Because of a lion’s untimely death last week at a Las Vegas zoo, an animal rights group has requested an investigation from the U.S. Department of Agriculture’s Animal and Plant Health Inspection Service.
The request was in the form of e-mail addressed to Robert Gibbens, the western regional director for the USDA’s inspection service, and it accused the zoo of violating the Animal Welfare Act.
“We requested they revoke the zoo’s license following the preventable death of Midas (the lion),” said Lisa Wathme, a representative of People for the Ethical Treatment of Animals.
Wathme said reports from Southern Nevada Zoological-Botanical Park officials after Midas’ death suggested that ingesting a rubber football probably caused his death.
“The zoo freely admitted debris has regularly been thrown into the exhibit for years, and as a result, Midas is now dead,” Wathme said. “They didn’t make adjustments to the cage so debris and foreign objects could not be thrown in.”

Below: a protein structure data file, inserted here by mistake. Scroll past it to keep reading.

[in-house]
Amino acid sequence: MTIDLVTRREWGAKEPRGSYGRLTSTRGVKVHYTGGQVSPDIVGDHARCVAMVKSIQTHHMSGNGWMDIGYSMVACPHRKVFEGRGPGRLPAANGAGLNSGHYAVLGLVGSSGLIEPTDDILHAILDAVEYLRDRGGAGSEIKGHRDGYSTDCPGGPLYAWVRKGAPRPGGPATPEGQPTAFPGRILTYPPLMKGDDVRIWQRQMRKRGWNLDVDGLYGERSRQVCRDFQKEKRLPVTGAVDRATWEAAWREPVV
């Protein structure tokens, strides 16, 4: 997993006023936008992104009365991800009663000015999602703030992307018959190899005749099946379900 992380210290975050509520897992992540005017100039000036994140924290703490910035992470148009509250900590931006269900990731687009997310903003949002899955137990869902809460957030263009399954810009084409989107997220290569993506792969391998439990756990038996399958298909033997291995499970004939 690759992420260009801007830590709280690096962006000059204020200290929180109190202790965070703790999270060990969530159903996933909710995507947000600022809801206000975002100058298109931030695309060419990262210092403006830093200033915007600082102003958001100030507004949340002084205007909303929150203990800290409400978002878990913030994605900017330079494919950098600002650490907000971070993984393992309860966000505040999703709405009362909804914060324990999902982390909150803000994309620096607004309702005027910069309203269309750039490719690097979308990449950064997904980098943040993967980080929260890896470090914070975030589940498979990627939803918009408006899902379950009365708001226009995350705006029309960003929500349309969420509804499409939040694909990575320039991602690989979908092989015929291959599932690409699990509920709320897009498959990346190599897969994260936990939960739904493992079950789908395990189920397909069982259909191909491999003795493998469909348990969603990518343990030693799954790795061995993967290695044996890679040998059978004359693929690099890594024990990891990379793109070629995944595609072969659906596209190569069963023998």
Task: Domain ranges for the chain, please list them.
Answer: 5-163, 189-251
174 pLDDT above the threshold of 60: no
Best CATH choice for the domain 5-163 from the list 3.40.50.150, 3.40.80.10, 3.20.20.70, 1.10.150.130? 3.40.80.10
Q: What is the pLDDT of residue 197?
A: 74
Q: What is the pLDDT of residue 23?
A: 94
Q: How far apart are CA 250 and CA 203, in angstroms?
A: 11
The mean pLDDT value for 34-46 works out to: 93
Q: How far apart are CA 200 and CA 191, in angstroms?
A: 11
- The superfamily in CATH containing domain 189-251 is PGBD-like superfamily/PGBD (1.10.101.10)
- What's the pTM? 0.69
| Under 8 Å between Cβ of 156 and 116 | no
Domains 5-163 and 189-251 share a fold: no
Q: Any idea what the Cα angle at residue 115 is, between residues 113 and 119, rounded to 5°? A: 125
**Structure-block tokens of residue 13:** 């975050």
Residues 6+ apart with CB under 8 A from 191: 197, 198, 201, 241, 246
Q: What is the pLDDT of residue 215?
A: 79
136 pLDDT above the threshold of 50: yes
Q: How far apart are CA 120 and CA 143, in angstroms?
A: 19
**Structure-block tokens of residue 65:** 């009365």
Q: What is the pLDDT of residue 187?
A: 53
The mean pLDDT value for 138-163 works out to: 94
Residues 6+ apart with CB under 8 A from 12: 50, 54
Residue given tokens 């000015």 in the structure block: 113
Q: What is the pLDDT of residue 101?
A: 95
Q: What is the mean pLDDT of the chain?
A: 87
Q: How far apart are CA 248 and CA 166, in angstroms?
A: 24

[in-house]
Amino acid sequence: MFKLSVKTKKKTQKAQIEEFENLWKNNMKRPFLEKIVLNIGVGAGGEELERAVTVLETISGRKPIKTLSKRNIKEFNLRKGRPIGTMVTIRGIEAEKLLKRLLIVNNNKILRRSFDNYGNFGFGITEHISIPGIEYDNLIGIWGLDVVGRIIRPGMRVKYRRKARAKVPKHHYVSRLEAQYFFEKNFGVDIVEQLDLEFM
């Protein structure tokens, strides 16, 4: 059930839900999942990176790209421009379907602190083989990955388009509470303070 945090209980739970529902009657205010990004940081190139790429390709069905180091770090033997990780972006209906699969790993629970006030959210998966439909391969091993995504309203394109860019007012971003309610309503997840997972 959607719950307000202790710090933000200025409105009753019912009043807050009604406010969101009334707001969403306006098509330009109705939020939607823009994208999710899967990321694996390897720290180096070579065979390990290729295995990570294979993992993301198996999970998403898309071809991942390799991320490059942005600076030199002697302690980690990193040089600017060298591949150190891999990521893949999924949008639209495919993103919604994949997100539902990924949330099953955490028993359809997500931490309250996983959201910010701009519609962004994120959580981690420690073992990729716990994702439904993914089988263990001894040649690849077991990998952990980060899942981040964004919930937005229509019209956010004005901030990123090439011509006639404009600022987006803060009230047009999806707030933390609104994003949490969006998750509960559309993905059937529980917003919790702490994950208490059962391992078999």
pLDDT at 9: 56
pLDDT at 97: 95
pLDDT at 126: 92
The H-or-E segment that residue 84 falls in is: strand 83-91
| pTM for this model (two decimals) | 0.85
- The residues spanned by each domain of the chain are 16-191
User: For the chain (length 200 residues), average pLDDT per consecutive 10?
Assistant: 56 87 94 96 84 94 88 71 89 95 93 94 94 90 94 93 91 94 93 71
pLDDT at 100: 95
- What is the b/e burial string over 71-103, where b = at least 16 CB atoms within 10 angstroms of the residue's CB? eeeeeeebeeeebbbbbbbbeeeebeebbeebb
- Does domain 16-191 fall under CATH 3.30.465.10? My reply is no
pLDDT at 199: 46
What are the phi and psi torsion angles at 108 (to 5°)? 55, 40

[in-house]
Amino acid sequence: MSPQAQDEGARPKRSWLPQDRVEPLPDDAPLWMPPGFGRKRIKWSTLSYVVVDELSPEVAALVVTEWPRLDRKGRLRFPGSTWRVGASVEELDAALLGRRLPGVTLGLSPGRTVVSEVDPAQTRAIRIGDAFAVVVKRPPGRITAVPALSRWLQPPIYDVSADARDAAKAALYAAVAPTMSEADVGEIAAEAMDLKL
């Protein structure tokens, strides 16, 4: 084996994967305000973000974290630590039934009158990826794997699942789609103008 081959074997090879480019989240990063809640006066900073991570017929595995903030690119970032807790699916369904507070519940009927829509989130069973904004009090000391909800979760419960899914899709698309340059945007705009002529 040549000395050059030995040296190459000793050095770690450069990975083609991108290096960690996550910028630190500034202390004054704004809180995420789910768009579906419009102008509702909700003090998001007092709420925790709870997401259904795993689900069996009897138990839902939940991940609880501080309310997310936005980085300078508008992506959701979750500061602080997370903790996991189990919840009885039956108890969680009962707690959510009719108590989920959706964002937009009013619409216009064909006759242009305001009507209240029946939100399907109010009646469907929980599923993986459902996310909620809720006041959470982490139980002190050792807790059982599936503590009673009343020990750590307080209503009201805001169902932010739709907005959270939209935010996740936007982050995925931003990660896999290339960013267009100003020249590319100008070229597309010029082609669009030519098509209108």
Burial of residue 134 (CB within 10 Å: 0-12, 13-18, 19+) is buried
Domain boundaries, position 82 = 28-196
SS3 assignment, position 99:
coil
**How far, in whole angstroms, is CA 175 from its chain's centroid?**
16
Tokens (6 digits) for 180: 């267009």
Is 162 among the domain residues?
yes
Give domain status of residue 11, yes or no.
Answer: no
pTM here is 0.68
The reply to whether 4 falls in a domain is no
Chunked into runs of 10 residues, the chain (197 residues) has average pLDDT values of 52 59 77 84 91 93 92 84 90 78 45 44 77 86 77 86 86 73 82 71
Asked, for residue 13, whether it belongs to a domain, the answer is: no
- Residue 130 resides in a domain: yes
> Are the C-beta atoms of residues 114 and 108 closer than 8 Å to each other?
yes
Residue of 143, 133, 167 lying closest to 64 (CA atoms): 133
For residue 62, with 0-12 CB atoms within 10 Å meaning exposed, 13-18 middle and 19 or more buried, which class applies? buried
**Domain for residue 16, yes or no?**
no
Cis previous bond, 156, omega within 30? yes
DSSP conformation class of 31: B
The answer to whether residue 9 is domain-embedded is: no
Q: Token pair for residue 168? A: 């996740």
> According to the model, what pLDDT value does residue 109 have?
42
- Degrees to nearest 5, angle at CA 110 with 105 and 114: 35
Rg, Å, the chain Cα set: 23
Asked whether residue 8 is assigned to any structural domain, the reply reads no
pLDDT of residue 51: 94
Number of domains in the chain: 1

Pat Dingle, zoo director, said the operation is licensed by the USDA and undergoes inspections every year.
“That’s what they do,” he said. “They haven’t found anything of consequence in 20 years, and that’s a matter of record.”
Dingle, who has said the football might have been tossed from a neighboring store into the exhibit, said he was unaware of any PETA response but doesn’t find it unusual.
“That’s their standard response to any such incident,” he said. “Write a letter.”
Phone calls to Gibbens’ office were directed to the USDA’s public relations division. There has been no confirmation on whether USDA received PETA’s complaint, but Wathme said that is normal.
“We haven’t heard anything yet,” she said. “It’ll be weeks or months before we hear of any results of an investigation.”
Contact reporter Mike Blasky at firstname.lastname@example.org or 702-383-0283.